Support your local independent bike shop!! They aren’t doing it for the money, that is for sure!

    And, when you go ride with regular folks, don’t bring the gear. Dress like regular folk and ride the 20″ pink bike, or whatever’s left over. Hell, let them ride your bike. I know it’s difficult, but we are all ambassadors for our sport regardless of your level of suck-titude.

    • fsethd says:

      That was a super read. Thanks for the link.

    • zenpunk32 says:

      “And, when you go ride with regular folks, don’t bring the gear.”

      I would think that goes without saying. The normals are usually pretty apprehensive about the superhero look. Leave the spandex at home, or at least put some non-skintight shorts on over your chamois.

      • fsethd says:

        Here’s a funny add-on anecdote: When riding around in shorts and t-shirts, I got a lot of waves and hellos from kitted up riders, the kind of people who normally ignore me … go figure.

  • Tobylima says:

    Excellent stuff Seth. Thanks for taking the time and trouble to post something that could really make a difference in all our lives as well as those we come in contact with.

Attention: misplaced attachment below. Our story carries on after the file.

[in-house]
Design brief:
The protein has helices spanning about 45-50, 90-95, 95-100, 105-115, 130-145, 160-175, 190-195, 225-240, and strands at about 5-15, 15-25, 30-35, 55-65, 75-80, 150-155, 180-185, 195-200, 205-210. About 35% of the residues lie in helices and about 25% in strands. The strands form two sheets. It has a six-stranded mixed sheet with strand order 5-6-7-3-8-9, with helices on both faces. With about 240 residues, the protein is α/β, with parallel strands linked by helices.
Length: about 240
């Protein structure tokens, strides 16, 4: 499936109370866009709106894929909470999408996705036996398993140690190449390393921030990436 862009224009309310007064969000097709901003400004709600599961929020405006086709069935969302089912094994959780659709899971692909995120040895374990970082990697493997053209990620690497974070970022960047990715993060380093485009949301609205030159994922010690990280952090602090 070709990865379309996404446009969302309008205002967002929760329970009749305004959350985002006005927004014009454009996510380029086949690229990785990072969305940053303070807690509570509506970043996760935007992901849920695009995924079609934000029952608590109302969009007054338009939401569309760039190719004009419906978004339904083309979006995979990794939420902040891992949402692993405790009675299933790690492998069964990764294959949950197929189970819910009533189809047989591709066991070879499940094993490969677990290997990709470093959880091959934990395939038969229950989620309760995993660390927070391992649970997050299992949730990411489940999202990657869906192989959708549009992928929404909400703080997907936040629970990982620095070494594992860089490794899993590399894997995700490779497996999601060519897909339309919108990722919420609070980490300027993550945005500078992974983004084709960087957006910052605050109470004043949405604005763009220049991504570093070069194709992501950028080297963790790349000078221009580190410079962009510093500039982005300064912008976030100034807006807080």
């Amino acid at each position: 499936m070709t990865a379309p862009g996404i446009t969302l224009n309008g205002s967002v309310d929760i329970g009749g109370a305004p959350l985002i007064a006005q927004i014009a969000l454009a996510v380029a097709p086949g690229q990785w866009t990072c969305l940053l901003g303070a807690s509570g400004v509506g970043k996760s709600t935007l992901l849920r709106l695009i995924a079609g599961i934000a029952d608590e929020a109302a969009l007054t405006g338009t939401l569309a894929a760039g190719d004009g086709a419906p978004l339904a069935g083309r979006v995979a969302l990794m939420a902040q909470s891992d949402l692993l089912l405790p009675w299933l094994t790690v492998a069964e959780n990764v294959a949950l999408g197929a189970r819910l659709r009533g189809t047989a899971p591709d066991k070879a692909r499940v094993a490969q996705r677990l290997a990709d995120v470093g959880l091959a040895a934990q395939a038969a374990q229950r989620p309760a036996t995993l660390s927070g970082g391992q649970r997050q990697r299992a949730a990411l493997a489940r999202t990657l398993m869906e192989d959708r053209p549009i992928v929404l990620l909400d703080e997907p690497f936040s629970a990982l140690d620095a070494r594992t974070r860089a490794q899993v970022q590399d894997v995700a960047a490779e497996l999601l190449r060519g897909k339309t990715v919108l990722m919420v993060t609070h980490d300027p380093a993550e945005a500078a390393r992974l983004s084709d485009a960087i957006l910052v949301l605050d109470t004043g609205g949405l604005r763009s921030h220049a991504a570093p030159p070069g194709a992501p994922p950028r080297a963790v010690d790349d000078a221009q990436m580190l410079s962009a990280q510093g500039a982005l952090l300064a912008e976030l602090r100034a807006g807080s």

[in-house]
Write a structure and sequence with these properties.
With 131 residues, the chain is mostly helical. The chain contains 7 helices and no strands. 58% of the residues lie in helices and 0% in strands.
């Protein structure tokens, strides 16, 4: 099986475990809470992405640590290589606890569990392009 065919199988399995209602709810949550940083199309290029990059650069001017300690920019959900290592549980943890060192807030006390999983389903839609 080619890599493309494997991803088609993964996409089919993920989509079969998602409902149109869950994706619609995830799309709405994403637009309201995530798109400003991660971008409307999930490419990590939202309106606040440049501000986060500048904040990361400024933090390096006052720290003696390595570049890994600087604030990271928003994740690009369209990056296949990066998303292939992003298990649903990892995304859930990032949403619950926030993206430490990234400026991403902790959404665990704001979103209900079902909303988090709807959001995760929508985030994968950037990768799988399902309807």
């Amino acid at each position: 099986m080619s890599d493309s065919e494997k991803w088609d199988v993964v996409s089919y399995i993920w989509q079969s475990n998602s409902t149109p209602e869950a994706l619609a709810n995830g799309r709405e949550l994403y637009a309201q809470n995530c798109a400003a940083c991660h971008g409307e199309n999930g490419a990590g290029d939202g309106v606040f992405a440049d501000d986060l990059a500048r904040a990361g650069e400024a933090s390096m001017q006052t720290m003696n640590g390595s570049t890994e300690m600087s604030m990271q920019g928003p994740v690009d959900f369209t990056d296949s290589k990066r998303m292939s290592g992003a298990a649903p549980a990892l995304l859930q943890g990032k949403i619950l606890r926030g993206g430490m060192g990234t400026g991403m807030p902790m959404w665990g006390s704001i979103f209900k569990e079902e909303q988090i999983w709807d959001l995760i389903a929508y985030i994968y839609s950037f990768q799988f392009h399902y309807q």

• Carey Downs says:

    Nice seeing you practicing what you perch today. Hope you didn’t make your kid ride back up the hill on that XL framed bike.

  • No one of consequence says:

    Right! My new year’s resolution has been to cut my bike commute down to two to three times a week for the last couple years (mailman = perpetually dead legs). Still do four to five. Addictive and therapeutic. Also, stop and take the picture when you see some cool $#!+, if you ruin your base miles, there’s always tomorrow.

  • Lotusstone says:

    I had never heard of using your auto policy to cover you in the case of a bike accident (#2) so I called my ins after reading this to get things squared away. It was rather inexpensive to raise the uninsured motorist aspect of my policy up to 1m/1m in coverage, but I wanted to see what the agency’s perspective was on it as we’ll. turns out, according to AAA, that the uninsured motorist portion will not cover your medical needs in the case of a hit and run, but there is a medical portion that is available, only up to 25k in coverage. So if it merely a broken bone, not a major one, it could be helpful.
    Do you have any examples of where coverage via the uninsured motorist portion has come into play for hit and runs?

    • fsethd says:

      It’s my opinion that your agent is either misinformed or not telling you the truth or trying to sell you needless coverage, or all three. Your UM coverage will cover your medical injuries, your pain and suffering, lost time from work, and loss of consortium in either a hit and run or a collision with an uninsured/underinsured motorist. The only issue with hit and runs is that there must be proof of contact, i.e. some damage to the bike to prove you were actually hit. Therefore, keeping the damaged bike is crucial to your insurance claim. If your agent still claims that there’s no medical coverage, ask for a copy of the complete policy and its terms.

    • fsethd says:

      I’m assuming this is in California, by the way.